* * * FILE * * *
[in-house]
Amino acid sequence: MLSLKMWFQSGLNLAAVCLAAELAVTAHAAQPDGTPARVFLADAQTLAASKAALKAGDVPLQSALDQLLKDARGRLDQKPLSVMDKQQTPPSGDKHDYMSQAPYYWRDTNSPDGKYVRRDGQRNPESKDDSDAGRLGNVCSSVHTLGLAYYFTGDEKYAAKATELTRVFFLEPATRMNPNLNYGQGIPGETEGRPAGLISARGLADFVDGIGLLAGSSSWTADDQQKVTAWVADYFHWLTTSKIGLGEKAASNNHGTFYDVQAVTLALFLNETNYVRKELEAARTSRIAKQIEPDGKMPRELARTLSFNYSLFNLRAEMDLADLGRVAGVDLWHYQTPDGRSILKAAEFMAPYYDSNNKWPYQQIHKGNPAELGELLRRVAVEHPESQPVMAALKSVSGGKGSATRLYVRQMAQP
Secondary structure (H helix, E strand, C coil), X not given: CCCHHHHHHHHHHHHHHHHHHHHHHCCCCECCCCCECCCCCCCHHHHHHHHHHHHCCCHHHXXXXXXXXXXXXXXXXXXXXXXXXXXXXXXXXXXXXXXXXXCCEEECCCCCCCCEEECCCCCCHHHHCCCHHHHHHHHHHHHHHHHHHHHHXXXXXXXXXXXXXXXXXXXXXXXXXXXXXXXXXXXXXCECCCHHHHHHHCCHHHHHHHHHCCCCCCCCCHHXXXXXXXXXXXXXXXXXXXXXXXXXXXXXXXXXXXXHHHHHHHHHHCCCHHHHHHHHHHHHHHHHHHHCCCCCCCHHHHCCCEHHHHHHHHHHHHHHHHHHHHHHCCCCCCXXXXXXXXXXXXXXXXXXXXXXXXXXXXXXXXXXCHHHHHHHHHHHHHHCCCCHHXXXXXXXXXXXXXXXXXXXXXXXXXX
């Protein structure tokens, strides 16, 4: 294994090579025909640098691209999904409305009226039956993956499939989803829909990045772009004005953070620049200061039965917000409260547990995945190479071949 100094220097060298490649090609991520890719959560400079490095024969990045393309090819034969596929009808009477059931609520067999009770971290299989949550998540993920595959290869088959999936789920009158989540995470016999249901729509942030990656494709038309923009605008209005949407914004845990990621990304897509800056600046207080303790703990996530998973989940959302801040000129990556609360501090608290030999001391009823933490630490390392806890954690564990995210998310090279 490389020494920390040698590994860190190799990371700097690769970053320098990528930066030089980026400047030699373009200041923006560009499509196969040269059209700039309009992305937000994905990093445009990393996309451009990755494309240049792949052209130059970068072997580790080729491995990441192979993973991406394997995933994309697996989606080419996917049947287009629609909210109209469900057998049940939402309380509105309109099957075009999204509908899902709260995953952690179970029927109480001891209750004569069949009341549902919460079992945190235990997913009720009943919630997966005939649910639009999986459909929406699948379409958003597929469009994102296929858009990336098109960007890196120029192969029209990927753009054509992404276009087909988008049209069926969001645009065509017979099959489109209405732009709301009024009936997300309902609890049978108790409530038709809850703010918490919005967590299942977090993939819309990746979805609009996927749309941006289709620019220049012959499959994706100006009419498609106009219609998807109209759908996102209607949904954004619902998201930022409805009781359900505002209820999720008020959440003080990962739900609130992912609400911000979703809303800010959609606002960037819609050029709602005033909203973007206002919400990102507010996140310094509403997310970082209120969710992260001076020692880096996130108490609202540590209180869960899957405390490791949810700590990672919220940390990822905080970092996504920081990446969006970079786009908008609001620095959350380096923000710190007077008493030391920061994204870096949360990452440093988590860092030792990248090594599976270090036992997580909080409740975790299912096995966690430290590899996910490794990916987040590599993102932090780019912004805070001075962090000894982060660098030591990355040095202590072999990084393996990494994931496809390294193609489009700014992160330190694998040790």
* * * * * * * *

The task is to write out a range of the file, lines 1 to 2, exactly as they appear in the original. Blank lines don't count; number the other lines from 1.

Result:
[in-house]
Amino acid sequence: MLSLKMWFQSGLNLAAVCLAAELAVTAHAAQPDGTPARVFLADAQTLAASKAALKAGDVPLQSALDQLLKDARGRLDQKPLSVMDKQQTPPSGDKHDYMSQAPYYWRDTNSPDGKYVRRDGQRNPESKDDSDAGRLGNVCSSVHTLGLAYYFTGDEKYAAKATELTRVFFLEPATRMNPNLNYGQGIPGETEGRPAGLISARGLADFVDGIGLLAGSSSWTADDQQKVTAWVADYFHWLTTSKIGLGEKAASNNHGTFYDVQAVTLALFLNETNYVRKELEAARTSRIAKQIEPDGKMPRELARTLSFNYSLFNLRAEMDLADLGRVAGVDLWHYQTPDGRSILKAAEFMAPYYDSNNKWPYQQIHKGNPAELGELLRRVAVEHPESQPVMAALKSVSGGKGSATRLYVRQMAQP